Theorizing compassionate leadership from the case of Jacinda Ardern: Legitimacy, paradox and resource conservation
Simpson, A. V., Rego, A., Berti, M., Clegg, S., & Pina e Cunha, M. (2021). Theorizing compassionate leadership from the case of Jacinda Ardern: Legitimacy, paradox and resource conservation. Leadership. https://doi.org/10.1177/17427150211055291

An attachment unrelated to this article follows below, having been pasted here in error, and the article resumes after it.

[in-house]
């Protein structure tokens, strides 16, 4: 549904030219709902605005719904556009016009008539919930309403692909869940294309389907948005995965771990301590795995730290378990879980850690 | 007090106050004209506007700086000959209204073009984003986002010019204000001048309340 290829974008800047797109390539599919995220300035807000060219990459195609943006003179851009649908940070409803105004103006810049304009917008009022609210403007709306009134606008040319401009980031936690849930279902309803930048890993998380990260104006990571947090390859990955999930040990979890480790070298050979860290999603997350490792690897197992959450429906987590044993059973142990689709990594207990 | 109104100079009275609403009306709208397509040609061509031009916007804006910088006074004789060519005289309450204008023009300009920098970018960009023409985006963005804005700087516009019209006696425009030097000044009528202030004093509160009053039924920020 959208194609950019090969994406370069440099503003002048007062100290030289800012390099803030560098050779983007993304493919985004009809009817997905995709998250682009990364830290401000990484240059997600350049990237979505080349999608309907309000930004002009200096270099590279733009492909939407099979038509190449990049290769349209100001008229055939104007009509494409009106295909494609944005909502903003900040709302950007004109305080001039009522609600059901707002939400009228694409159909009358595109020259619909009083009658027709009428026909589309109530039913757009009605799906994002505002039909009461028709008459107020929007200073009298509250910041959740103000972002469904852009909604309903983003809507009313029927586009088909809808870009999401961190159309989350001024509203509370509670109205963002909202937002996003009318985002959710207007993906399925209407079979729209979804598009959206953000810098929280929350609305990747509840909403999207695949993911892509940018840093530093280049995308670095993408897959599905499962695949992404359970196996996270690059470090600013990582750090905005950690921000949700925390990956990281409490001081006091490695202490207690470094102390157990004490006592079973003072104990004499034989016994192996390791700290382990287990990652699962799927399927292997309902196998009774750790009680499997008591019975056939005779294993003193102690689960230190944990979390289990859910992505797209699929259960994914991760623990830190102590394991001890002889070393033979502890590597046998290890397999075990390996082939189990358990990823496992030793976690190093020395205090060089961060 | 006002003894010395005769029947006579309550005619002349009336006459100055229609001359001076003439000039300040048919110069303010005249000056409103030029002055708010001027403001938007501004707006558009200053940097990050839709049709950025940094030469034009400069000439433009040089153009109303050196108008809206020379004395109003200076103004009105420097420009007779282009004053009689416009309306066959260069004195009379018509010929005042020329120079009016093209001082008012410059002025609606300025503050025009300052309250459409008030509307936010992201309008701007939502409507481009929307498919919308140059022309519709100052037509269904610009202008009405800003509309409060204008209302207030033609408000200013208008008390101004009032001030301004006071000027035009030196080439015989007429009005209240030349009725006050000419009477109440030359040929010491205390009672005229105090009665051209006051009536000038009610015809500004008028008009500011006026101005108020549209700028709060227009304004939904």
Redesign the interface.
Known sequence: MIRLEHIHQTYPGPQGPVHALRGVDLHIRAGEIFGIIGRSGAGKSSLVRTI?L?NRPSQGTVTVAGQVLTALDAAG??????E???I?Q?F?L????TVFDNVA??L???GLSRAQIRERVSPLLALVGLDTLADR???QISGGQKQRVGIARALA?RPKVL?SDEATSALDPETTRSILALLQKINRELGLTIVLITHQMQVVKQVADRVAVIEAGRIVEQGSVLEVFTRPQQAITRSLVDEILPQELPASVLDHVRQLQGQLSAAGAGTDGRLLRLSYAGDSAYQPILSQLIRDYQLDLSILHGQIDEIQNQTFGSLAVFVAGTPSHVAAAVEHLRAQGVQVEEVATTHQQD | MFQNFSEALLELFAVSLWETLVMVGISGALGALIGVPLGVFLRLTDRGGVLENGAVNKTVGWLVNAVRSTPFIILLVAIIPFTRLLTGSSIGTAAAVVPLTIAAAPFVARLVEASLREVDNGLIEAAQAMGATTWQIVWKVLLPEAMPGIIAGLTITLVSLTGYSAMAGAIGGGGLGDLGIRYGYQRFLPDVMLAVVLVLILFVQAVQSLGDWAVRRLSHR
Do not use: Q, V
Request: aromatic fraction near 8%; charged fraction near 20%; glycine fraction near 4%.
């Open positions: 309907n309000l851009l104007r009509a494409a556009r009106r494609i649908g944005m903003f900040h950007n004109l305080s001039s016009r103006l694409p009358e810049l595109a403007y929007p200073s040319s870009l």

During times of suffering such as that inflicted by the COVID-19 pandemic, compassion expressed by leaders helps to ease distress. Doing so, those in a position to provide resources that might facilitate coping and recovery are attentive to the situations of distress. Despite an abundance of leadership theorizing and models, there still is little academic literature on compassionate leadership. To address this limitation, we present an exploratory case study of New Zealand Prime Minister Jacinda Ardern, someone widely recognized for her compassionate leadership and frequently described in paradoxical terms (e.g. ‘kind and strong’; embodying ‘steel and compassion’). We address her compassionate leadership through the lenses of paradox theory, legitimacy theory and conservation of resources theory. We contribute a heuristic framework that sees various types of legitimacy leveraged synergistically to build resources and alleviate suffering – providing further legitimacy in an upward spiral of compassionate leadership.